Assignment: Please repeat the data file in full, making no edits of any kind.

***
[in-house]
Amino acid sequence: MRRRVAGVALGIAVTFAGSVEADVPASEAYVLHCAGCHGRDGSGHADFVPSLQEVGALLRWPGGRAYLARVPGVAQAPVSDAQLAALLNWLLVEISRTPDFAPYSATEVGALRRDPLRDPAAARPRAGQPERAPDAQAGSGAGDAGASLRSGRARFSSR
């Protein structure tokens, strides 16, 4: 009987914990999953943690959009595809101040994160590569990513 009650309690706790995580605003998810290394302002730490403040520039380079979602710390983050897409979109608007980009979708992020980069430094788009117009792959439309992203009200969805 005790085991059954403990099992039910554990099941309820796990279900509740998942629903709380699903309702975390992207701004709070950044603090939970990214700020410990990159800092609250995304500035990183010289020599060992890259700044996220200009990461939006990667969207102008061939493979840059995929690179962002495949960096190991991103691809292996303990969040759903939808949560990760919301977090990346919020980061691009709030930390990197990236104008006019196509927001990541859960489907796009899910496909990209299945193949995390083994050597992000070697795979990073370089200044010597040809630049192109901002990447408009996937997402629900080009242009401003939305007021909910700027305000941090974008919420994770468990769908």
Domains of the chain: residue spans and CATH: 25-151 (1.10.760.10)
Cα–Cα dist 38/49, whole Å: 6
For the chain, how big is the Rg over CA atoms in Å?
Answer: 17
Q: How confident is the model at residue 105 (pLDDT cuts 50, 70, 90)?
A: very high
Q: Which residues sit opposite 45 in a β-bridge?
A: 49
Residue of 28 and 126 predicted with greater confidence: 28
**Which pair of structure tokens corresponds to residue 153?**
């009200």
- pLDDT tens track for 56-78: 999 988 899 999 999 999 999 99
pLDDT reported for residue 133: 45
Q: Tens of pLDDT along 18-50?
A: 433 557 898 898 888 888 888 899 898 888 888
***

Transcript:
[in-house]
Amino acid sequence: MRRRVAGVALGIAVTFAGSVEADVPASEAYVLHCAGCHGRDGSGHADFVPSLQEVGALLRWPGGRAYLARVPGVAQAPVSDAQLAALLNWLLVEISRTPDFAPYSATEVGALRRDPLRDPAAARPRAGQPERAPDAQAGSGAGDAGASLRSGRARFSSR
């Protein structure tokens, strides 16, 4: 009987914990999953943690959009595809101040994160590569990513 009650309690706790995580605003998810290394302002730490403040520039380079979602710390983050897409979109608007980009979708992020980069430094788009117009792959439309992203009200969805 005790085991059954403990099992039910554990099941309820796990279900509740998942629903709380699903309702975390992207701004709070950044603090939970990214700020410990990159800092609250995304500035990183010289020599060992890259700044996220200009990461939006990667969207102008061939493979840059995929690179962002495949960096190991991103691809292996303990969040759903939808949560990760919301977090990346919020980061691009709030930390990197990236104008006019196509927001990541859960489907796009899910496909990209299945193949995390083994050597992000070697795979990073370089200044010597040809630049192109901002990447408009996937997402629900080009242009401003939305007021909910700027305000941090974008919420994770468990769908």
Domains of the chain: residue spans and CATH: 25-151 (1.10.760.10)
Cα–Cα dist 38/49, whole Å: 6
For the chain, how big is the Rg over CA atoms in Å?
Answer: 17
Q: How confident is the model at residue 105 (pLDDT cuts 50, 70, 90)?
A: very high
Q: Which residues sit opposite 45 in a β-bridge?
A: 49
Residue of 28 and 126 predicted with greater confidence: 28
**Which pair of structure tokens corresponds to residue 153?**
């009200």
- pLDDT tens track for 56-78: 999 988 899 999 999 999 999 99
pLDDT reported for residue 133: 45
Q: Tens of pLDDT along 18-50?
A: 433 557 898 898 888 888 888 899 898 888 888